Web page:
PTI defames Pakistan by attacking women journalists | Pakistan Press Foundation (PPF)

Pakistan Press Foundation

PTI defames Pakistan by attacking women journalists

Pakistan Press Foundation

LAHORE: While Imran Khan and his loyalists did not let traders in Lahore’s 161 notable markets do any business on Monday by blocking over 40 key roads and hence the movement of prospective customers, the agitating 18-year old political entity also brought ignominy for Pakistan as a country unsafe for female working journalists.

A few unruly and rowdy Pakistan Tehreek-e-Insaaf die-hard supporters had physically attacked a female Geo News staffer Sana Mirza in her fearless quest to cover Imran Khan’s much-publicised strike call.

The unfortunate incident was captured in real time by television cameras. While Sana again became a victim of PTI’s unexplainable wrath against Jang Group and Geo Television Network for the second time in less than a week’s time, two of her seasoned male colleagues Ahmed Faraz and Ameen Hafeez also had to bear the brunt of Imran Khan’s unending hate speech against Geo and Jang Group.

Just a few days ago, two prominent Pakistani women Malala Yousafzai and Asma Jahangir had made the country stand tall and shine brightly among the comity of nations by winning prestigious international awards for their valour and bravery—-something that did not perhaps please the attackers of Geo and Jang Group——who then made concerted efforts to earn the country a bad name.

Verbal attacks, slurs and abusive language against critical female journalists is not a new phenomenon in the world, but Pakistan now features among media-repressive countries like Iran, Russia, Egypt, Ethiopia, Azerbaijan and Afghanistan etc, where brutal intimidation of the symbols of feminine journalism is quite common.

Here follow a few recent examples where international female journalists were either fatally targeted or subjected to various forms of violence:Russian Journalist Anna Politkovskaya was assassinated in 2006 for her opposition to the Chechan War and President Vladimir Putin, Iran was globally slated for arresting many media women and bloggers; the Egyptian military police was vehemently criticised in November 2011 for breaking the arms of a local woman journalist Mona Eltahawy at Cairo’s Al-Tahrir Square. Further a British journalist Natasha Smith and a CBS News correspondent Lara Logan were sexually assaulted by a mob at Al-Tahrir Square. Reeyot Alemu of an Ethiopian newspaper was sentenced to 14 years in prison in September 2011 on charges of planning anti-government terrorist acts, Khadija Ismayilova of Azerbaijan was harassed/black-mailed with photographs from surveillance cameras installed in her apartment, A Reuters news agency photojournalist Nour Kelze was shot at and hospitalised twice for wounds she had sustained while covering the Syrian story. Najiba Ayubi of Afghanistan was threatened on numerous occasions and Cambodia’s Bopha Phorn had narrowly survived an orchestrated accident in April 2012.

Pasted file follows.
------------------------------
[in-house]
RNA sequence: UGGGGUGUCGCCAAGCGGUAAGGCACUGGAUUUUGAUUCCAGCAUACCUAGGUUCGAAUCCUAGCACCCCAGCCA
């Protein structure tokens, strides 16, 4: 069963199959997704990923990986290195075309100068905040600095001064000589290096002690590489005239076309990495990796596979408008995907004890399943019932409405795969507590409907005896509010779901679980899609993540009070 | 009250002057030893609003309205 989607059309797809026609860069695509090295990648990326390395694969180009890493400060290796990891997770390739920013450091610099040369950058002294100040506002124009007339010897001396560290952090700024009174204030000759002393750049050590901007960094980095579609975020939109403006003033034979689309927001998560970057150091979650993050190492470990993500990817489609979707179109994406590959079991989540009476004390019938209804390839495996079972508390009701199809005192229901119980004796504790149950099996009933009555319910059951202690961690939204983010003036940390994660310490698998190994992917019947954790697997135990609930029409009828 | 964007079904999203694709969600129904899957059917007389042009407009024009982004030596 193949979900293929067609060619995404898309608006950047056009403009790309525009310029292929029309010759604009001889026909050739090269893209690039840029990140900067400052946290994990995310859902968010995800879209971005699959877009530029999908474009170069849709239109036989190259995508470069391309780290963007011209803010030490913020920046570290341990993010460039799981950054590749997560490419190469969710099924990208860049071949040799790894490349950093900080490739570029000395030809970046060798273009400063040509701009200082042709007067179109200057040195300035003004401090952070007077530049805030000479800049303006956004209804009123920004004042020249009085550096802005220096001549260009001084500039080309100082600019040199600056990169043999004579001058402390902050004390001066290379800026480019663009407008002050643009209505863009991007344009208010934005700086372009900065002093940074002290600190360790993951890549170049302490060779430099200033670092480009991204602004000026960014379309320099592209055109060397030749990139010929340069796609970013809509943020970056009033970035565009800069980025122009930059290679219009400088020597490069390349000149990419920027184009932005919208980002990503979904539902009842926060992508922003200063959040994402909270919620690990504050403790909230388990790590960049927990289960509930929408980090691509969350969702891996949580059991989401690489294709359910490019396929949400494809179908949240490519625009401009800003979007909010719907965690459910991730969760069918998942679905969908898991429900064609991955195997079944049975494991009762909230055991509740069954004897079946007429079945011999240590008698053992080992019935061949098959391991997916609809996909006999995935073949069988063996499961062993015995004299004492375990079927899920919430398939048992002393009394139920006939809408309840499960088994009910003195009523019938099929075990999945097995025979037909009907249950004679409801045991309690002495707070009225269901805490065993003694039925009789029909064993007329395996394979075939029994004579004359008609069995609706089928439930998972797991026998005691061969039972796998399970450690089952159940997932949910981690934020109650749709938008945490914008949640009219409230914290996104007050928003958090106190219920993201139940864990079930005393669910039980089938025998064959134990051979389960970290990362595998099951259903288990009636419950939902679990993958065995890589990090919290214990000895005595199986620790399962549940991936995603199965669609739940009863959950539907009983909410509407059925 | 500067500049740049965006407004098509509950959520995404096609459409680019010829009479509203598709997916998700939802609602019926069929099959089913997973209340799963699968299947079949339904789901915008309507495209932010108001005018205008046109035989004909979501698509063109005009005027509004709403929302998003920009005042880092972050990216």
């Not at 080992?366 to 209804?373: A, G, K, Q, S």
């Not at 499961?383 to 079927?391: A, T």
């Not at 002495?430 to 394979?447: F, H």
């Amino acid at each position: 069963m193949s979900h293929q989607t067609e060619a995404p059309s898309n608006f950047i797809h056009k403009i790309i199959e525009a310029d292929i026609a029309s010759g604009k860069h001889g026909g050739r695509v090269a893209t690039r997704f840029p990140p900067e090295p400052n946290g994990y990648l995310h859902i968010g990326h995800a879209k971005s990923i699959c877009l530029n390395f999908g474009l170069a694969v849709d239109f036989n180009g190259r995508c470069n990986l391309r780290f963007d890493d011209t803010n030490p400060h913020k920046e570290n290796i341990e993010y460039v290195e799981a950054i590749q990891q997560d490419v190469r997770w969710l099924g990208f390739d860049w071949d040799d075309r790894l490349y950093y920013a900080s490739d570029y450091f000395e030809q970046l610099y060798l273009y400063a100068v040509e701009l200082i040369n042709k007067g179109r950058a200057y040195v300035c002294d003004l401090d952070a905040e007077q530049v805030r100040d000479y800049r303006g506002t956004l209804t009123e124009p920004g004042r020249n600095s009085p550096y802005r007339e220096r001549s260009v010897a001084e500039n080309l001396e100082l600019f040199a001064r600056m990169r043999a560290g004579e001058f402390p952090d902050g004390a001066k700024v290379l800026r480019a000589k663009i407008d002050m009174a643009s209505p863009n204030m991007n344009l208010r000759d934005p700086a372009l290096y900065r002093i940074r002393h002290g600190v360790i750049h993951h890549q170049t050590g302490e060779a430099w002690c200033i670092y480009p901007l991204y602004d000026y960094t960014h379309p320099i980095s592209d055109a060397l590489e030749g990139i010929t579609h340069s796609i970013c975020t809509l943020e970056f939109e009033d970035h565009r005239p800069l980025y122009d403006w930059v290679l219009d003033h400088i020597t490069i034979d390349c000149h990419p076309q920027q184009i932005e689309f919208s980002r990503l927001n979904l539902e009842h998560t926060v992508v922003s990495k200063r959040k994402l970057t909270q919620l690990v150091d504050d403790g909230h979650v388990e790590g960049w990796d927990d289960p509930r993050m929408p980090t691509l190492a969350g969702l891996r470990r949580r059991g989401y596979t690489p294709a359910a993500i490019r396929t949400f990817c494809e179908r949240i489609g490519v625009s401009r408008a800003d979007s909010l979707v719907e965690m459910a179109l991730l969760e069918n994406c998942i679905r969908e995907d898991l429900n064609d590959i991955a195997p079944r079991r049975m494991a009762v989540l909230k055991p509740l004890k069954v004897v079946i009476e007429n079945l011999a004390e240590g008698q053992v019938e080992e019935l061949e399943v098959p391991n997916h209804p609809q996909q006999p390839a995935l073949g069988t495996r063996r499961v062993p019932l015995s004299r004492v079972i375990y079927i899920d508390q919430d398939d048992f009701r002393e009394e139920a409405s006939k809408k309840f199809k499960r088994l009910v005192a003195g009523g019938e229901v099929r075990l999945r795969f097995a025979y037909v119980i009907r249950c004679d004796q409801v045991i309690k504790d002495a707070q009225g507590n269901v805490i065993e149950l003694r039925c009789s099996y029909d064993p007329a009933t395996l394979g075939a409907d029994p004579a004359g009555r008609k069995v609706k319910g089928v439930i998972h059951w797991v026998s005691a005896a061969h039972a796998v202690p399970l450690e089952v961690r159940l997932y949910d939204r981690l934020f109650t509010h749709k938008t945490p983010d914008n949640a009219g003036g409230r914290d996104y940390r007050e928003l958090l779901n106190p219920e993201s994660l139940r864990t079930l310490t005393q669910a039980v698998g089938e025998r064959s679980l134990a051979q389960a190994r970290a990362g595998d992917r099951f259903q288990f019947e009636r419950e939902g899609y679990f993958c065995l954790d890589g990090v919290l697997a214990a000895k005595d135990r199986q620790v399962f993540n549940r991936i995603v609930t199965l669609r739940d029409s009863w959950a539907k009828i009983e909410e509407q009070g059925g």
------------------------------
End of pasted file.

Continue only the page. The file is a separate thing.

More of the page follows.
It is noteworthy that following a heavy global condemnation, five of murdered Russian journalist Politkovskaya’s killers were convicted in 2014. Two of the five killers were awarded life sentences.

(References: UNESCO, CNN and the International Women’s Media Foundation)In all the above cases, efforts were made to identify the culprits, but from the look of things, it seems highly unlikely that Imran Khan would bring anyone to justice by either expelling the guilty elements from his rank and file or make them tender apologies to the targeted Jang Group/Geo News journalists.It is out of question that PTI would hand over any of its guilty workers to the police though!

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